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Death penalty revival eyed

  • Written by Jester P. Manalastas
  • Published in Nation
  • Read: 281

THE drug trade inside the New Bilibid Prisons, which was probed by the House Committee on Justice, has opened the door for Congress to debate the revival of the dealth penalty.

The reimposition of the death penalty is one of the recommendations made by the committee chaired by Misamis Oriental Rep. Reynaldo Umali, after the illegal drug investigation in the House of Representatives.
    
House committee report 14 was submitted in the plenary and was adopted by the majority members of the House.
    
In the report, the committee said there is strong proof that illegal drugs such as shabu has proliferated inside the national penitentiary because it was allowed by Senator Leila de Lima, then Justice Secretary.
    
Administration allies believe that there is a need to revive the death penalty, especially for crimes related to drugs.
    
No less than President Rodrigo Dutere pitched his desire to reimpose death as capital punishment, particularly on .
    
In an interview, Umali said that now that the drug probe has been terminated, the committee will shift its attention to other pending measures, such as death denalty bill.
    
To date, pending before Congress is House Bill 01 or the first Death Penalty Bill authored by Speaker Pantaleon Alvarez.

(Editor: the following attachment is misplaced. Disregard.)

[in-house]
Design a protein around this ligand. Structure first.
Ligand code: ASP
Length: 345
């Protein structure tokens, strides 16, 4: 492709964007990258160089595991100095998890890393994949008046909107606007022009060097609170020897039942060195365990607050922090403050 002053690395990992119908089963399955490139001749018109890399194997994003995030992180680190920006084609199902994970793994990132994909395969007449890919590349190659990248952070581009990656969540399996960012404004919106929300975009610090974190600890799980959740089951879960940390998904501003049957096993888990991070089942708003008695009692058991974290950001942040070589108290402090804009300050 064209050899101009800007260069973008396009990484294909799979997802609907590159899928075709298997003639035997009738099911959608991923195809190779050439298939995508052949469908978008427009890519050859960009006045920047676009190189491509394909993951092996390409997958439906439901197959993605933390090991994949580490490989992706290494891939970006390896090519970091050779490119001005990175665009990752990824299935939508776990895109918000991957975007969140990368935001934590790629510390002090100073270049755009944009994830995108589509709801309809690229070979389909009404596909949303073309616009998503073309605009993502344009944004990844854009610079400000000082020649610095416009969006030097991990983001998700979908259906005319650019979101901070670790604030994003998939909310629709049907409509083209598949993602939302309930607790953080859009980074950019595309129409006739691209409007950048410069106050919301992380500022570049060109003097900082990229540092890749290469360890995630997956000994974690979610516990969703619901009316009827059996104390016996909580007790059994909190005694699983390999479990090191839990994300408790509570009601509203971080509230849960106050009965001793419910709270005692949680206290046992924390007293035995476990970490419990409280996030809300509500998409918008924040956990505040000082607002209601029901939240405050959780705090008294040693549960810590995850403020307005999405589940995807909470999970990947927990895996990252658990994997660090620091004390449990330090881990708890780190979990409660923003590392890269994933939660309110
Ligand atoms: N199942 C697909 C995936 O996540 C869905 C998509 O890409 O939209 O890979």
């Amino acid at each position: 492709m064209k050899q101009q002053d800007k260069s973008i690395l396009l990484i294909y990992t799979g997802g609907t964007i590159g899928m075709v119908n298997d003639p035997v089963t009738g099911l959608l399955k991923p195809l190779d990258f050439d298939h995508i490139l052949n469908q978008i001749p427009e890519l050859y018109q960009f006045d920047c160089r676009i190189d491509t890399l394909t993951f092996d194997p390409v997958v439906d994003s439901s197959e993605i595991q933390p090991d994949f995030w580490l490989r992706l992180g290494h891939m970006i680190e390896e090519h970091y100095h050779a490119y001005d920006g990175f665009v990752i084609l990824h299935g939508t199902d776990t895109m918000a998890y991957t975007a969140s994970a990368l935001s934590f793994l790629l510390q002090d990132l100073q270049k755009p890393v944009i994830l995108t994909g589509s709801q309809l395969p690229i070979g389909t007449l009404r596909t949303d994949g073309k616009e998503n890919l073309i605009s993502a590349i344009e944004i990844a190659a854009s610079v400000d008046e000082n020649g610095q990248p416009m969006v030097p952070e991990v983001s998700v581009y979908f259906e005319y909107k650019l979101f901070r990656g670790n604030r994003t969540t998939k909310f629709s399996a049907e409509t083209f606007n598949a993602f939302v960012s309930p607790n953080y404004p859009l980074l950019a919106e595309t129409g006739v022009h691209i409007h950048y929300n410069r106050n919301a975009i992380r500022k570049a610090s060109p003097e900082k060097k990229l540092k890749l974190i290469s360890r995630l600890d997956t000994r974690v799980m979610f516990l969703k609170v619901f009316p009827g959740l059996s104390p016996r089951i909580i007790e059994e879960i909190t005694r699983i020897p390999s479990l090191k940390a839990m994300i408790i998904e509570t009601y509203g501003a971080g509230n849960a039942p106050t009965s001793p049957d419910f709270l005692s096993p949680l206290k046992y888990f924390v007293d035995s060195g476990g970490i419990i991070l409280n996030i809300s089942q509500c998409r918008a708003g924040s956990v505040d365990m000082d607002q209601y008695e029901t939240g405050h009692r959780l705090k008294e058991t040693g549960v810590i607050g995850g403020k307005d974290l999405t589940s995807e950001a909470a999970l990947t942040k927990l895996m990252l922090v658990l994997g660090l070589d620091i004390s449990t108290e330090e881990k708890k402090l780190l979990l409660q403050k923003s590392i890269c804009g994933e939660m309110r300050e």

Alvarez proposal is death penalty through lethal injection and not by hanging as President Duterte had proposed.
    
The two solons want the revival of the capital punishment to sanction against heinous crimes.
    
The bill seeks to reimpose capital punishment for human trafficking, illegal recruitment, plunder, treason, parricide, infanticide, rape, qualified piracy, bribery, kidnapping, illegal detention, robbery with violence against or intimidation of persons, car theft, destructive arson, terrorism and drug-related cases.
 
“There is evidently a need to reinvigorate the war against criminality by reviving a proven deterrent coupled by its consistent, persistent and determined implementation, and this need is as compelling and critical as any,” Alvarez said.
 
“The imposition of the death penalty for heinous crimes and the mode of its implementation, both subjects of repealed laws, are crucial components of an effective dispensation of both reformative and retributive justice,” he added.
 
Alvarez and Castro said the national crime rate has grown to an “alarming proportion” that it requires an “all-out offensive against all forms of felonious acts.”
   
“Our criminal justice system has been emasculated in no small measure by the non-deterrent nature of impossible penalties on the most depraved violations of human life, honor and dignity,” they said.
   
Death penalty was imposed during the administration of former Presidents Fidel Ramos and Joseph Estrada. However, ex-president Gloria Macapagal-Arroyo abolished it in 2006.
   
At least, seven convicts were executed during the Estrada administration, for crimes ranging from rape to robbery with murder.